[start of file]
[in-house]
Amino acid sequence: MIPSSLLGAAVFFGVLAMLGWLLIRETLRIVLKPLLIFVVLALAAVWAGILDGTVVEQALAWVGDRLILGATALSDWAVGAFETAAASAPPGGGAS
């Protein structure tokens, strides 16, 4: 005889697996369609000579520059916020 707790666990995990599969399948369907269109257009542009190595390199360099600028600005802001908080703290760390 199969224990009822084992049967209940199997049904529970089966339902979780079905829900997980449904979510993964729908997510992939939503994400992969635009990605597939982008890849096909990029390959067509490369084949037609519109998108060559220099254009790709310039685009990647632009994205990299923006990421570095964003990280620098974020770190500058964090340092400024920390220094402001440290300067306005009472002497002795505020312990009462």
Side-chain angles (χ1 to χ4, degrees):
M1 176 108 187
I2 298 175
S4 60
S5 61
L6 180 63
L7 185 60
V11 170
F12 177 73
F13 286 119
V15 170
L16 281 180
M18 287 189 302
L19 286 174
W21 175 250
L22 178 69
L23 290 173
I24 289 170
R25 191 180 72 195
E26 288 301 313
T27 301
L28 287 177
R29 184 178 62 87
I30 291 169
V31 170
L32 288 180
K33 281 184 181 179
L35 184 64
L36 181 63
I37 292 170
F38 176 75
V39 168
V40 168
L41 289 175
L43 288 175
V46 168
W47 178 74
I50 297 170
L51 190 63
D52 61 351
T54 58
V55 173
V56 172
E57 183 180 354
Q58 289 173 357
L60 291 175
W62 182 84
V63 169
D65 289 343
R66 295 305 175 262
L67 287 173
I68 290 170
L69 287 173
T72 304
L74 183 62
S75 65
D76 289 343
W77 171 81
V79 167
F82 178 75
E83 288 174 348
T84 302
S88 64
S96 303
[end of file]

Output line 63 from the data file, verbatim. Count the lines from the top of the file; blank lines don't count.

F82 178 75